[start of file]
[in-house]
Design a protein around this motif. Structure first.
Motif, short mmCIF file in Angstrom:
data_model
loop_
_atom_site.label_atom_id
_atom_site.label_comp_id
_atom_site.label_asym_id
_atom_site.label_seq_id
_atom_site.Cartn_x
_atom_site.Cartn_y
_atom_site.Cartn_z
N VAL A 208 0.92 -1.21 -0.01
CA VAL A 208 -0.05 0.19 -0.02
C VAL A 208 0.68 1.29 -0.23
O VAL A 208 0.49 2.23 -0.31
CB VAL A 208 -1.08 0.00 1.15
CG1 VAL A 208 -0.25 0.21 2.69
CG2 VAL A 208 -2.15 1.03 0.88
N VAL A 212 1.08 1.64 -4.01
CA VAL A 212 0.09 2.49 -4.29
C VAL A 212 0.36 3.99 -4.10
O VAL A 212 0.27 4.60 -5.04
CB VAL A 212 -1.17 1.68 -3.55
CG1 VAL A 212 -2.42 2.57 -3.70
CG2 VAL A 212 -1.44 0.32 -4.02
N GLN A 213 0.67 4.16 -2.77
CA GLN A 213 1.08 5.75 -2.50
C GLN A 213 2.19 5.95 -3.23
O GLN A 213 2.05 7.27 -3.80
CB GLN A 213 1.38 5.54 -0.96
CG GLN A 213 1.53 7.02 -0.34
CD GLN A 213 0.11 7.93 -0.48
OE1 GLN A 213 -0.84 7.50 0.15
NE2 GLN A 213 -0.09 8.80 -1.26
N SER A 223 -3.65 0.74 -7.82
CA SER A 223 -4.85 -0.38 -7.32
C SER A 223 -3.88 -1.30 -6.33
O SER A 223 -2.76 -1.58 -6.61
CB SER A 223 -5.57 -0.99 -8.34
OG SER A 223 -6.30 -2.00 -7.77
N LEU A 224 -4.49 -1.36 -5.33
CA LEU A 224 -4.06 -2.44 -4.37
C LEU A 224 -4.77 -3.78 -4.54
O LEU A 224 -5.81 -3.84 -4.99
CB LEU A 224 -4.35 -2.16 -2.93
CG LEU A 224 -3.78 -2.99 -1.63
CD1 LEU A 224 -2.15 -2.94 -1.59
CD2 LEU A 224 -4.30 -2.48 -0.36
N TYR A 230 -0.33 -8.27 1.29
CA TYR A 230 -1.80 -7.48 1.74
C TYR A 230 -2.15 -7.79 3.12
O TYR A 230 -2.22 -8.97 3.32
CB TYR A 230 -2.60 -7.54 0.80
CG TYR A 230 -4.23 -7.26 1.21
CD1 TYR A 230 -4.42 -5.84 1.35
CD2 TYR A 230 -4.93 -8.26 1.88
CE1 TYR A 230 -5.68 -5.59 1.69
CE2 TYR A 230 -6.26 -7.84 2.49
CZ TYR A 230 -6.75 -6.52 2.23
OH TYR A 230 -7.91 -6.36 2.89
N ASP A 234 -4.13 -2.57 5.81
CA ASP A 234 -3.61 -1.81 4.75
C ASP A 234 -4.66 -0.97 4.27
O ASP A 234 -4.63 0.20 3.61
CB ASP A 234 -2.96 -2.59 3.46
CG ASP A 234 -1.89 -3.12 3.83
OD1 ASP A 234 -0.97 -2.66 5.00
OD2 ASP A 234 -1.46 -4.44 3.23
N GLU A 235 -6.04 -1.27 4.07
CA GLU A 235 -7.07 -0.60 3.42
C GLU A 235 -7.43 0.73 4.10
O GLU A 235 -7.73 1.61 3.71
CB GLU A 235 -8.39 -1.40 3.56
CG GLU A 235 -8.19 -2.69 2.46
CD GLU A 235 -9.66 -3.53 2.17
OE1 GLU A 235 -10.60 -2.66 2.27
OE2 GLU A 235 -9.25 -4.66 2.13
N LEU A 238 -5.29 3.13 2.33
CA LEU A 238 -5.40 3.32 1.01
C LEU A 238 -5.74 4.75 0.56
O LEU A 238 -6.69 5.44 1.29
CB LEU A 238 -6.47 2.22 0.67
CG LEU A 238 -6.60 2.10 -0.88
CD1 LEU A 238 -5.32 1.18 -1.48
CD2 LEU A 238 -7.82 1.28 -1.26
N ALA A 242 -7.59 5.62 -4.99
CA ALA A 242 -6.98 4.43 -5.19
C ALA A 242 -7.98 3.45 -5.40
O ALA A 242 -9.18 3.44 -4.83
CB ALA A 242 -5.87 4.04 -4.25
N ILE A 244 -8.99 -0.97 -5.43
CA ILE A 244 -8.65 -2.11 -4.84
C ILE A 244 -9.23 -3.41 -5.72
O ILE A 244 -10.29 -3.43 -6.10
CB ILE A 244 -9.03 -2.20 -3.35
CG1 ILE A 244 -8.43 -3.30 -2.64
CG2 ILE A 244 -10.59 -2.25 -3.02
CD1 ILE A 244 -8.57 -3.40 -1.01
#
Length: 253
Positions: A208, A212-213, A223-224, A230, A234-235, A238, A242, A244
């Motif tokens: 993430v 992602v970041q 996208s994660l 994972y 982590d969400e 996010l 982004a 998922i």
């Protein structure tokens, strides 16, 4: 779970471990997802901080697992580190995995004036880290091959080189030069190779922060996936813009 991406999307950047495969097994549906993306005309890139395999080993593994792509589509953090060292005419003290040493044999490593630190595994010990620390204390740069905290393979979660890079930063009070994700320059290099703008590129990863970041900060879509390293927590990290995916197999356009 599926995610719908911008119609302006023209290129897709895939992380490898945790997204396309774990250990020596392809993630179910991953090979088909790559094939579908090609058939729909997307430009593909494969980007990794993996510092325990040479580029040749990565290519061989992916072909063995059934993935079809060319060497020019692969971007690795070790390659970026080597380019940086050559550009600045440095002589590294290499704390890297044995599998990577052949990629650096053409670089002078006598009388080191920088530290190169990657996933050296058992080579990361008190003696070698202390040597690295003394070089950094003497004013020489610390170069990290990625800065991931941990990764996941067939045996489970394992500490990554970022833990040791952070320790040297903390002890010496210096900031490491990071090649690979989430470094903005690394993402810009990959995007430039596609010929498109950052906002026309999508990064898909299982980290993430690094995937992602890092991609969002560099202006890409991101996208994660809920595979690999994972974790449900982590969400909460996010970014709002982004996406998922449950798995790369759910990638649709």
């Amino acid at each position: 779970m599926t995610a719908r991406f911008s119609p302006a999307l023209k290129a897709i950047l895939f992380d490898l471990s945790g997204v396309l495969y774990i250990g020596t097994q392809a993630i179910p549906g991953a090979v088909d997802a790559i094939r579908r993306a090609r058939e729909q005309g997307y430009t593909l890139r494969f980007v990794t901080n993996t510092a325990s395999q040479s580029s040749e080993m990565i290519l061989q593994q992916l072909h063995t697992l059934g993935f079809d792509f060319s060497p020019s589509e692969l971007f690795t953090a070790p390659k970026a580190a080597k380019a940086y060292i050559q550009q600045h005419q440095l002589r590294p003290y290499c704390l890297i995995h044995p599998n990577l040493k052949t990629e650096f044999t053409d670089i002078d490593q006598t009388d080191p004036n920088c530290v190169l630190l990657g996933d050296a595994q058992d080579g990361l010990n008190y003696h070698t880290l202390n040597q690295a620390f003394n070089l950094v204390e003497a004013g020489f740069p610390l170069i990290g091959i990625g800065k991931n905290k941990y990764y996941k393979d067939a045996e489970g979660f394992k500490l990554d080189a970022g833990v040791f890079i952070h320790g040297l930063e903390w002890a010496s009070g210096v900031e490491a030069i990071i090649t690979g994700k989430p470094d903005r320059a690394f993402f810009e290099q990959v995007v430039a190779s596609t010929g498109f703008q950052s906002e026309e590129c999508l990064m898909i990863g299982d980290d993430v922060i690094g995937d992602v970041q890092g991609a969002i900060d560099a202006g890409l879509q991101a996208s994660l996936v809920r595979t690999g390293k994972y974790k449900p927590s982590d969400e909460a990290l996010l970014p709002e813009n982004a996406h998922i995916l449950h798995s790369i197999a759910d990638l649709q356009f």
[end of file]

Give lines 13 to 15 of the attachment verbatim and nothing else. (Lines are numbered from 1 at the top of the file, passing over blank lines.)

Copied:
N VAL A 208 0.92 -1.21 -0.01
CA VAL A 208 -0.05 0.19 -0.02
C VAL A 208 0.68 1.29 -0.23